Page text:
Those of you who follow my professional work over at LA Examiner know that I have been covering The Voice during its live rounds. For the first two weeks I sat in the press green room, snacking on cheesecake bites and guzzling water by the plastic bottle to stay cool under the lights and with all the pyro, but during the semi-finals round I moved into the actual studio to watch the performances live on stage in front of me instead of live on a monitor and to get a little "peek behind the curtain" take on the production of the show. Since I used to work not only in production, on television shows-- but specifically live television shows-- I have a deep respect and admiration for all of the cogs in the wheels that are necessary to keep a spectacle like The Voice running. I would be lying if I said I didn't spend part of my evening watching the camera operators dance around the stage just as nimbly with their Steadicams as the performers themselves did with their mics and musical instruments. But I would be lying if I said I didn't spend part of it watching the subtle things snuck in before the live countdown began back from each commercial break, too. Come on, half the fun is in getting to spy what wasn't shown on TV, right!?
Right off the bat the three male coaches were ushered out to take their (super comfy looking, by the way) seats first, and they stood and toasted another successful show before getting situated. Cee Lo Green seemed cool as a cucumber in his crisp white track suit, over-sized shades, and double (yes, you were seeing that correctly!) blinged-out watches, but the drinks didn't go down as easy for Blake Shelton or Adam Levine.
Surprisingly The Voice went off without a lot of fan fare. At only the third week into these live performances, the crew certainly seems to have it down pat. I have no idea how stressed or crazy (or last minute, as the case was tonight with the eight semi-finalists staying around after the cameras shut down to prep for tomorrow's first-ever live results show) rehearsals usually are, but by the time the stage manager counts Carson Daly down for the final five seconds, everything is just on and ready and seemingly effortless. I have worked in live television (on talk shows, but still!), and The Voice's sense of efficiency puts them all to shame.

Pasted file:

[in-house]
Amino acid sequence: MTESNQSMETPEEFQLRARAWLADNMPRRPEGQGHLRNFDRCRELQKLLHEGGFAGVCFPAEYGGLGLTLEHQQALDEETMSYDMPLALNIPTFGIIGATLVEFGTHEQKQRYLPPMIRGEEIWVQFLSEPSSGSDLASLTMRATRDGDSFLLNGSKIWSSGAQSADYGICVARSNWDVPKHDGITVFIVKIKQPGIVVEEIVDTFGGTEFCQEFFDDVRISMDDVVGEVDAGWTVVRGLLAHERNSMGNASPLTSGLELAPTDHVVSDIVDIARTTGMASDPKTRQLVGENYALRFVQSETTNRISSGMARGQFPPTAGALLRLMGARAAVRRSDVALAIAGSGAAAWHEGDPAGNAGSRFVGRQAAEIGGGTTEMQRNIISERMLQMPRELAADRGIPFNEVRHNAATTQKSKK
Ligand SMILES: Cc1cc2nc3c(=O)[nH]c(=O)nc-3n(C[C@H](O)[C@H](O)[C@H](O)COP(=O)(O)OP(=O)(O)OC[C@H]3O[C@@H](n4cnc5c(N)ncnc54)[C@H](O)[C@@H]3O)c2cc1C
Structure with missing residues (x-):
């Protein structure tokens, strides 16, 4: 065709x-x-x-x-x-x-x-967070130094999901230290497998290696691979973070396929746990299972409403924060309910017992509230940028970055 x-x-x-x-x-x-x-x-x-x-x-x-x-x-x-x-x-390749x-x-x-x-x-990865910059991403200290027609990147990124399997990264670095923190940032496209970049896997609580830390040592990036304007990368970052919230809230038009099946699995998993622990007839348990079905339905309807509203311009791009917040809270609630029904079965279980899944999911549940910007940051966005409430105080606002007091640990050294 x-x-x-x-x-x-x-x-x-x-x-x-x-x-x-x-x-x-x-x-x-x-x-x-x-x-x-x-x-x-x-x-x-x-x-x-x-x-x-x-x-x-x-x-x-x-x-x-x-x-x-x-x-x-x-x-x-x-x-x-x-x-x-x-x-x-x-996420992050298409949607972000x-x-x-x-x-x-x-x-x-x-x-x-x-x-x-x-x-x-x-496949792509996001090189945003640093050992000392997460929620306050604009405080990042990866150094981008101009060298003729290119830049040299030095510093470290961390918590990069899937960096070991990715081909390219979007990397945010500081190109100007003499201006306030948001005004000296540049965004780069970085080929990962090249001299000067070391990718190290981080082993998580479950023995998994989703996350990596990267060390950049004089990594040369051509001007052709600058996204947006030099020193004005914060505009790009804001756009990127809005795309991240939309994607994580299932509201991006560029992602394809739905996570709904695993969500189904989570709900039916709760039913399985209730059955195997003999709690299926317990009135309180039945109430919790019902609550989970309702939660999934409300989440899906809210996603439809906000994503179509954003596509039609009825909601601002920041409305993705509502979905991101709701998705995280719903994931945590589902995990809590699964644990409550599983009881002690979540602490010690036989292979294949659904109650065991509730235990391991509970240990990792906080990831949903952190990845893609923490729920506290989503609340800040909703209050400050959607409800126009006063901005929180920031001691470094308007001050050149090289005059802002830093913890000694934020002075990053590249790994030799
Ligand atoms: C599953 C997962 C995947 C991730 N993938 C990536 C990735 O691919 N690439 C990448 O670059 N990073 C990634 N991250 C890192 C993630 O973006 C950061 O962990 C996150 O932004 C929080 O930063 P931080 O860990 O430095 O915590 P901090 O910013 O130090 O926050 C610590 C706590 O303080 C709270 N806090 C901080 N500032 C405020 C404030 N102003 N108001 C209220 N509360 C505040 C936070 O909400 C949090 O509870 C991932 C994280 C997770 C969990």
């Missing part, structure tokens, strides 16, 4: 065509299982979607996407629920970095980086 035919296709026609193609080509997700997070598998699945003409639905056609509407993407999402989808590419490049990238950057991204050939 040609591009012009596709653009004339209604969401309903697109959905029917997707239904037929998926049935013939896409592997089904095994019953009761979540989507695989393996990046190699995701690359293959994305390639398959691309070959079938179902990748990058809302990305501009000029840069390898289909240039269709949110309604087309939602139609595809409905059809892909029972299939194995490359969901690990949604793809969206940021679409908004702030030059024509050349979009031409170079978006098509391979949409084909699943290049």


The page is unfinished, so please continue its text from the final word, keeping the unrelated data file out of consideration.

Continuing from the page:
Daly is a pro. That really goes without saying. But I was most impressed by the length at which he could read his teleprompter. He didn't squint; he didn't stumble; he didn't even seem to read through the copy off to the side of the stage prior to being called back up to read live, on national television. Or maybe that's a normal skill. It might be timed for me to go back to the eye doctor...
As each performer walked off stage right, they had to pass the VIP audience section which resembles something of a mosh pit (or at least the VIP seats at any modern concert). Many performers, most notably Frenchie Davis and Nakia were quick to bend down and touch their adoring fans' hands or say a quick hi to anyone in their path. Many more still, like Vicci Martinez and Beverly McClellan, were so caught up in the performance high they waved to those up in the higher sections, throwing rock signs out and responding to cheers and catcalls.
But it really was the coaches that the audience seemed to have the most fun with. As the taping went on, cheers would go up from different sections for different coaches, seemingly unprompted by the audience wranglers or stage managers. Sometimes the coaches would have time to engage; Green got up and shook hands with one section of the audience, and Levine turned around and gestured for another section to really cheer and clap. When Levine rallies, you answer, I just have to point out!